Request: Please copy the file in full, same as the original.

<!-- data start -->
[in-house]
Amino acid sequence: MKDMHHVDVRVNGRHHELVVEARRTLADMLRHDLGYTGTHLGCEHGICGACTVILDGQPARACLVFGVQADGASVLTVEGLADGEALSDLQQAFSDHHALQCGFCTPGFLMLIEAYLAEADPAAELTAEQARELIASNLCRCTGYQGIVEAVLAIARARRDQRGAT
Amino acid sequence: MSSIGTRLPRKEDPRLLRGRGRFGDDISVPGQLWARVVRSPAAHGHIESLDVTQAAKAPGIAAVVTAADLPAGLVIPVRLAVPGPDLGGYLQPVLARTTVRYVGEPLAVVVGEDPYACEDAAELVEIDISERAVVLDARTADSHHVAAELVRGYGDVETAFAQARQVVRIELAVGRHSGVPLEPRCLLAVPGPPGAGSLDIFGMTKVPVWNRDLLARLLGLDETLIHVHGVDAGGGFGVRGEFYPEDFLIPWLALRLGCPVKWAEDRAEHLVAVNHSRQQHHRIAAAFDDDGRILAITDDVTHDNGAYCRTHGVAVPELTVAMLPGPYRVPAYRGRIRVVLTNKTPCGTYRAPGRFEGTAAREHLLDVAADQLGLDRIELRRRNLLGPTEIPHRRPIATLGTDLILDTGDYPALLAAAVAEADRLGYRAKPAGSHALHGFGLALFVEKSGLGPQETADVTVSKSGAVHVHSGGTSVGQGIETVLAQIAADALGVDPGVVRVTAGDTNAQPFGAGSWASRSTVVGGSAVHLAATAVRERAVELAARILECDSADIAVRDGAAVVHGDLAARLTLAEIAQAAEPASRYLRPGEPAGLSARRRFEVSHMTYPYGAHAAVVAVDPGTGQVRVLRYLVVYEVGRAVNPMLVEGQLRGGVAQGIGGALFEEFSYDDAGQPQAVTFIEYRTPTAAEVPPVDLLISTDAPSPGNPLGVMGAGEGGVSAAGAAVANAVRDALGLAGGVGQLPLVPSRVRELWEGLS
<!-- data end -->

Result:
[in-house]
Amino acid sequence: MKDMHHVDVRVNGRHHELVVEARRTLADMLRHDLGYTGTHLGCEHGICGACTVILDGQPARACLVFGVQADGASVLTVEGLADGEALSDLQQAFSDHHALQCGFCTPGFLMLIEAYLAEADPAAELTAEQARELIASNLCRCTGYQGIVEAVLAIARARRDQRGAT
Amino acid sequence: MSSIGTRLPRKEDPRLLRGRGRFGDDISVPGQLWARVVRSPAAHGHIESLDVTQAAKAPGIAAVVTAADLPAGLVIPVRLAVPGPDLGGYLQPVLARTTVRYVGEPLAVVVGEDPYACEDAAELVEIDISERAVVLDARTADSHHVAAELVRGYGDVETAFAQARQVVRIELAVGRHSGVPLEPRCLLAVPGPPGAGSLDIFGMTKVPVWNRDLLARLLGLDETLIHVHGVDAGGGFGVRGEFYPEDFLIPWLALRLGCPVKWAEDRAEHLVAVNHSRQQHHRIAAAFDDDGRILAITDDVTHDNGAYCRTHGVAVPELTVAMLPGPYRVPAYRGRIRVVLTNKTPCGTYRAPGRFEGTAAREHLLDVAADQLGLDRIELRRRNLLGPTEIPHRRPIATLGTDLILDTGDYPALLAAAVAEADRLGYRAKPAGSHALHGFGLALFVEKSGLGPQETADVTVSKSGAVHVHSGGTSVGQGIETVLAQIAADALGVDPGVVRVTAGDTNAQPFGAGSWASRSTVVGGSAVHLAATAVRERAVELAARILECDSADIAVRDGAAVVHGDLAARLTLAEIAQAAEPASRYLRPGEPAGLSARRRFEVSHMTYPYGAHAAVVAVDPGTGQVRVLRYLVVYEVGRAVNPMLVEGQLRGGVAQGIGGALFEEFSYDDAGQPQAVTFIEYRTPTAAEVPPVDLLISTDAPSPGNPLGVMGAGEGGVSAAGAAVANAVRDALGLAGGVGQLPLVPSRVRELWEGLS